The first thing Lutherans should stop doing is interpreting the Bible like fundamentalists. I say this specifically in connection with Romans 13 and 1 Peter 2, both cited above by Fr. Beane. He does NOT interpret the bible like a fundamentalist, but like a Lutheran, and I commend him for the same. He sees the exceptions.

    The standard thinking of fundamentalists, as far as I can tell, is this: if the govt says it we must do it, except when it comes to remaining silent about Christ (Acts 5:29). In all other things we must obey. Since they consider America God's nation, they utterly confuse church and state, and depend on Caesar to legislate their morality.

    Before I proceed let me say that whenever we do choose to obey God over man, we must be prepared to suffer Caesar's wrath. He may be lashing out against us unjustly, immorally, and even illegally, but the fact is that he does what he wants to do because he can, and because he thinks that he is God. He really does.

    But to continue, I posit that Lutherans have no moral obligation to obey laws that are immoral (against our conscience), or laws that are irrational, e.g. wearing seat belts because the law says we must. We do have an absolute duty, however, to live orderly lives, and to love our neighbor, and as much as it lies within us to live peaceably with all men. That is we must not use our liberty as a license for evil, as St. Peter notes in his epistle. And again, we must be prepared to answer to Caesar if he desires to punish us, or make an example of us. Then we are suffering unjustly, and are blessed, as St. Peter also states.

    If anyone takes anything I say here out of context, then let there be a pox on his house.

    Let's consider this, too. God established the govt to punish evil and reward good behavior. What happens when the govt rewards evil, and punishes good behavior? In my opinion govt is much more prone to do this, than to act justly in any given situation. See, for example, how many lives it ruins by legislating against, and punishing people for, victimless or potential crimes. Consider for a moment its financial crimes, how it robs productive people in order to buy votes and feed its rich masters (because in the final analysis money runs the world, it is the pimp and govt the strumpet). See how many young lives it destroys! for its endless, aimless wars. I am talking about the USA, and all govts. There is none that is good, no not one.

    For every blessing govt gives, there are in my opinion at least two curses, that's when things are running well.

    None the less God established govt in order to subdue evil, and provide the atmosphere in which we can live peaceable and godly lives. And when it does its God given job it is a blessing. But it hasn't done so in America for a long, long time. The 19th century, minus the civil war, was tolerable. The 20th has been a disaster. Perhaps all things will be reset in the 21st. It's looking that way.

    to be continued...

  2. continued from above...

    Let's consider some interpretation for a moment. When Sts. Peter and Paul wrote what they did about obeying govt, and honoring the king, is it possible that since the former was in Rome, and the latter writing to Romans, that it was not politic to speak that way? Do you object that this is a low view of Scripture? Please don't. Paul buttered up the Corinthians before he slammed them. Was he lying when he said all those nice things in the earlier part of chapter one? In other epistles it seems that what he sometimes wrote was more the way he wanted things to be, than the way they actually were. So I don't consider it a sin to think of these two inspired writers might be tipping their hats to govt so that it might go well for their beloved children. And don't forget all of Fr. Beane's examples from above in which God's people took exception to the rule. Sometimes they weren't even very orderly about it: like when Moses murdered and Egyptian for harming a Hebrew. But you better be sure if you're going to pull that stunt, and you better be ready to answer. Moses went into 40 years of hiding as a result, from the high civilization of Egypt, to the hostile environs of Midian - where the most amazing things happened to him.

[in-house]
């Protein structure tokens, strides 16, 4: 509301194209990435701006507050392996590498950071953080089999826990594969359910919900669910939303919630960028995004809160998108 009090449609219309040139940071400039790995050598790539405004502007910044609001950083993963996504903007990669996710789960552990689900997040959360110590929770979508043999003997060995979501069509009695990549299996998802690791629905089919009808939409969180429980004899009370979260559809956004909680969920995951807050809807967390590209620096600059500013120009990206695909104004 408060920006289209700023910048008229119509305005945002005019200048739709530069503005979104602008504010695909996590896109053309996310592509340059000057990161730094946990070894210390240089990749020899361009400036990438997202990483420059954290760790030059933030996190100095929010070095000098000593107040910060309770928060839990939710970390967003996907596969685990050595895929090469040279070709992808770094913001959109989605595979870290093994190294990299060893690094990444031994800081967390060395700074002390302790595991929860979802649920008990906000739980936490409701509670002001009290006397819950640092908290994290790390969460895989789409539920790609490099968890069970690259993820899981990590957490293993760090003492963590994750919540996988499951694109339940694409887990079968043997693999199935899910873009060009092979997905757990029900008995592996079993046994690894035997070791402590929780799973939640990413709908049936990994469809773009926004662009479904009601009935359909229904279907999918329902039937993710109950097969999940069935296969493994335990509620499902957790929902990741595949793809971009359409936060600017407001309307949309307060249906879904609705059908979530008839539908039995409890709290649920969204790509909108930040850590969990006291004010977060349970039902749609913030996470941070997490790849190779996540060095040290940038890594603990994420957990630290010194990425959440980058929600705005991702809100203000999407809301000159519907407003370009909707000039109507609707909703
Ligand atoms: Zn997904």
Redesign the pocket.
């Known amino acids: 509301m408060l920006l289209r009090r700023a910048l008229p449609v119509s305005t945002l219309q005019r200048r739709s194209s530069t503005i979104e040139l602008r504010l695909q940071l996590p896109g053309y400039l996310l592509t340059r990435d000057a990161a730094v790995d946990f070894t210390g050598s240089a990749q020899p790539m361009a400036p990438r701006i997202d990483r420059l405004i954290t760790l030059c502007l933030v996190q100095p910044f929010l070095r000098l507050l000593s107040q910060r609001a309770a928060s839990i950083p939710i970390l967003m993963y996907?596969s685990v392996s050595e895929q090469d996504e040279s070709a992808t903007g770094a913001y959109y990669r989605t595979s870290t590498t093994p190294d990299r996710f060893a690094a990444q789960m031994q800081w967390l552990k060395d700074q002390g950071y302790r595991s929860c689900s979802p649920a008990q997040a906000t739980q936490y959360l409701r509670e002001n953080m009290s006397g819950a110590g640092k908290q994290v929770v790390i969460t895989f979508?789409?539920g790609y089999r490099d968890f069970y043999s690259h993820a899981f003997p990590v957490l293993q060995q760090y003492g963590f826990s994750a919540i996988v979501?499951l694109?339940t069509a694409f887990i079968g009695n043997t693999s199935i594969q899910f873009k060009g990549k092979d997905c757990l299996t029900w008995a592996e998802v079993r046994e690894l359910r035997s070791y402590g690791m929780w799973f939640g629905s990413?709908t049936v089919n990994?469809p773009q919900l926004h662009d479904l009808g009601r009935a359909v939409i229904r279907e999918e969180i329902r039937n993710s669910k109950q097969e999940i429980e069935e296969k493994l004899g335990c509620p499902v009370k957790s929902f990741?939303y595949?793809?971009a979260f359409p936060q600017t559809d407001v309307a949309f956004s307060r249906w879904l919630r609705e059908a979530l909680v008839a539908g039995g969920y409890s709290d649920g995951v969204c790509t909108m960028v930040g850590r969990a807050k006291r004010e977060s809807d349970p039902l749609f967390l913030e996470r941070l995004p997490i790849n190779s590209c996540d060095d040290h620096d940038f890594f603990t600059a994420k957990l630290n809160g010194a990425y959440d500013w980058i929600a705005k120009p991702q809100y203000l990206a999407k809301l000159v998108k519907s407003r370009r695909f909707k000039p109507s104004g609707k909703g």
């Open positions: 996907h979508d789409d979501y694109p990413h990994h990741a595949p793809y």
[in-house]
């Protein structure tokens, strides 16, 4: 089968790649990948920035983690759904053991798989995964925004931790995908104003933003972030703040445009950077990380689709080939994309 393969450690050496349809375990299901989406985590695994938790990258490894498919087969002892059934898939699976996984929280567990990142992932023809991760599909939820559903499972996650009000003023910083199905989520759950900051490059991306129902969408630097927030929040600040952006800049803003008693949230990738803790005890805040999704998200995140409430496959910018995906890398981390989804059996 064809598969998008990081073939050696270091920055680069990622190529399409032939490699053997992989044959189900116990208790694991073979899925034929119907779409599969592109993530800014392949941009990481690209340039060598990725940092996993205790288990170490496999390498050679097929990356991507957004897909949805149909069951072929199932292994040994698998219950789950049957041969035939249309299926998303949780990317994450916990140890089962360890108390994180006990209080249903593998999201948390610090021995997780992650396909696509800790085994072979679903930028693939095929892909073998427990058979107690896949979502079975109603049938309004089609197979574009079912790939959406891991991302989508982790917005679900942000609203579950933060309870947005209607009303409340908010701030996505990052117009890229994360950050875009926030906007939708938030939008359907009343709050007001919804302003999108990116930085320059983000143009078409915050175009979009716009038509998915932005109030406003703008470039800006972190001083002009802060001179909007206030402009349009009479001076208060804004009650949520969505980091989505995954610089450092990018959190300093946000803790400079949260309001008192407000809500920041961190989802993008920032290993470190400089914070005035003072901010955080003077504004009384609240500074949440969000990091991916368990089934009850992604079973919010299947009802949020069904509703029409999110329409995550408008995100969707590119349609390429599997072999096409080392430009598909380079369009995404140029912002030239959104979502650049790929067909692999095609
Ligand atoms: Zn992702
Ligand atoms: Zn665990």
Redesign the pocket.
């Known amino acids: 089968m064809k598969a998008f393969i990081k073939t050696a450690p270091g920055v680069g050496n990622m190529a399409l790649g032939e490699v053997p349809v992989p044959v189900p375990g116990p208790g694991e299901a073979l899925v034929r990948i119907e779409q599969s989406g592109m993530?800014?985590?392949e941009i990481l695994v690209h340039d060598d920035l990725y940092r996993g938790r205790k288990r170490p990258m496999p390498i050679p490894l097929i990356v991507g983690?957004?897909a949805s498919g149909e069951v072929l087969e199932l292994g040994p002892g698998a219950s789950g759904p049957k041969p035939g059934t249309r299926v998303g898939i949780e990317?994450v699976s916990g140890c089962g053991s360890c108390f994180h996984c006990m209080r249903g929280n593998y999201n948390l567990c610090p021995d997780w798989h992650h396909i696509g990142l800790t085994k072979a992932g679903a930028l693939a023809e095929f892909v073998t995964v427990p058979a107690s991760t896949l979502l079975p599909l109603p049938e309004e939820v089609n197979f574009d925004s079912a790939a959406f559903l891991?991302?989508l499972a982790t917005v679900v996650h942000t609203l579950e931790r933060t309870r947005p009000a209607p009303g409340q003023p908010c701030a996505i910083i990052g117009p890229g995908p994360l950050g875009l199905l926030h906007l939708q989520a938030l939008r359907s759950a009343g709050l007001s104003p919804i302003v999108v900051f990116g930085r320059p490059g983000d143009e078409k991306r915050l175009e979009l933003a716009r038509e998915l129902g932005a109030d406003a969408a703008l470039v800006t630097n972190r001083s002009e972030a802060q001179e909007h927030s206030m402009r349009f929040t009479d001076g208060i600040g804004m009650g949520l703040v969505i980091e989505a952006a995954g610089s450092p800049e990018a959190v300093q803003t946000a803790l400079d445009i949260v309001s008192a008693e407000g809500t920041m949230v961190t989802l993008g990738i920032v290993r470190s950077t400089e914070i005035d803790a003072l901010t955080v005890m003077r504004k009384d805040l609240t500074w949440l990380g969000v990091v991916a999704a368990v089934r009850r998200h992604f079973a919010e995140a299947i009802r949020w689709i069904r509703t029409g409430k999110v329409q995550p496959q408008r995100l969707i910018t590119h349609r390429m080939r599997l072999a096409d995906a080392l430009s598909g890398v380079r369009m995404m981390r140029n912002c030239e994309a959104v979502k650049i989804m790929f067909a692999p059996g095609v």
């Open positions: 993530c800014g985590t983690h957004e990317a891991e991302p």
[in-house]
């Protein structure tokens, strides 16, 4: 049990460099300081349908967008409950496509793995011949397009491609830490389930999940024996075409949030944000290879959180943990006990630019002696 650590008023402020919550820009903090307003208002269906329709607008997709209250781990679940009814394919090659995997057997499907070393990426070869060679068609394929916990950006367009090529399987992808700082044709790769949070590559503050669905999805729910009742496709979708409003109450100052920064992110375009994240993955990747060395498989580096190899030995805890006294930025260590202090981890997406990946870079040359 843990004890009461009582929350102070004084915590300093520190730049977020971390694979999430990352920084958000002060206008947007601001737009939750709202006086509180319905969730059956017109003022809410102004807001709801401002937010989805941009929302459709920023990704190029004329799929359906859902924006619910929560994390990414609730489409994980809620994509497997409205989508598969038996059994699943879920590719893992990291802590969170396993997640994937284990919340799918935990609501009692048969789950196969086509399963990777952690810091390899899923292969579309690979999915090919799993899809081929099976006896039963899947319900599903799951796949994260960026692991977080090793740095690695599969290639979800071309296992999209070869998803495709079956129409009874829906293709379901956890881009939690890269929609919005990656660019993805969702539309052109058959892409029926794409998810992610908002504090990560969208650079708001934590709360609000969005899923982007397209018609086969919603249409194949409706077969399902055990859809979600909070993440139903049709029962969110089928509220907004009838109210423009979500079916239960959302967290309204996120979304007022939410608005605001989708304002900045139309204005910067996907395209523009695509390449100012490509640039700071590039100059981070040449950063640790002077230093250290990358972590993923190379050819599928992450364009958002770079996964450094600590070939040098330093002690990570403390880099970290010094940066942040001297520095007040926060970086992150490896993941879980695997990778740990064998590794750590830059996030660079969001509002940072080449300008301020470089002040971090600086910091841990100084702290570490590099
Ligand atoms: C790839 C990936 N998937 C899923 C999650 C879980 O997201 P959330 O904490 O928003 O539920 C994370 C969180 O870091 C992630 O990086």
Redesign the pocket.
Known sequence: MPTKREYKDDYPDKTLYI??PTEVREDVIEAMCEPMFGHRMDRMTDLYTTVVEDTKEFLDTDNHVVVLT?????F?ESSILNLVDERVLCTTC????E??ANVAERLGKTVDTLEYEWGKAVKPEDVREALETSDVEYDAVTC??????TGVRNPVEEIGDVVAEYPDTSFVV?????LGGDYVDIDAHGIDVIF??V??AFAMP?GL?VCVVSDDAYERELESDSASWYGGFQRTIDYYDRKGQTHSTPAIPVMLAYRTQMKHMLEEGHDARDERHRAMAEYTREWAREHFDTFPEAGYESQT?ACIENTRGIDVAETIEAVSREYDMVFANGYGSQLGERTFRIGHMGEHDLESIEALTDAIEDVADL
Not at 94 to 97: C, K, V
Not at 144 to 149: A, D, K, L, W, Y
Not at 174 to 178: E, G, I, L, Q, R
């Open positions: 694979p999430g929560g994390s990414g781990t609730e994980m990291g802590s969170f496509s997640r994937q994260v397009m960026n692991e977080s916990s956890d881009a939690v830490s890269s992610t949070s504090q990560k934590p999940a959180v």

What about us? We must obey God rather than man. Acts 5:29. Not just when it comes to preaching the gospel, but in all things. But as much as it lies with us, we must live peaceably with all men. We must sincerely love our neighbor, we must live orderly lives. Love does no harm to its neighbor, says St. Paul. But in this sin filled world, in which there is no one who is righteous, no not one, we may be tested to the limits at times. Those are the times we pray without ceasing for wisdom, intelligence, courage and strength to do what is God-pleasing.

    Don't expect the world to support you if you are a Christian acting according to conscience. And if you end up as the target of Caesar's wrath, so did Joseph, Moses, Daniel, Shadrach, Meschach, Abednego, Jeremiah, the Magi (who blatantly thumbed their noses at Caesar and gave the Holy Family the needed gold to escape to Egypt).

    Who follows in their train?

    And finally the Lord Himself also fell afoul of the authorities and for their envy, and for our sins, He was put to death. But He was also raised again by the glory of the Father, and by faith in Him, so shall we be.

    Fire away.

  3. I wonder how our Lutheran fathers several generations ago would have responded to government intrusion into church-run insurance programs…

    I find it somewhat ironic that it is this culture’s social and political obsession with insurance that has become a major locus of the religious liberty debate. If the church had not recently (in the context of history) accepted and embraced the concept of insurance, would we be impacted by this issue at all?

    Is it possible that we have, in some way, brought these problems upon ourselves?

    1. I was also amused that a change in the practice of our health insurance was immediately responded to -- not only in writing, but also in person back in DC. Yet changes in our worship practice, taking place every Sunday morning, get no mention by the higher-ups. Which business are we in again?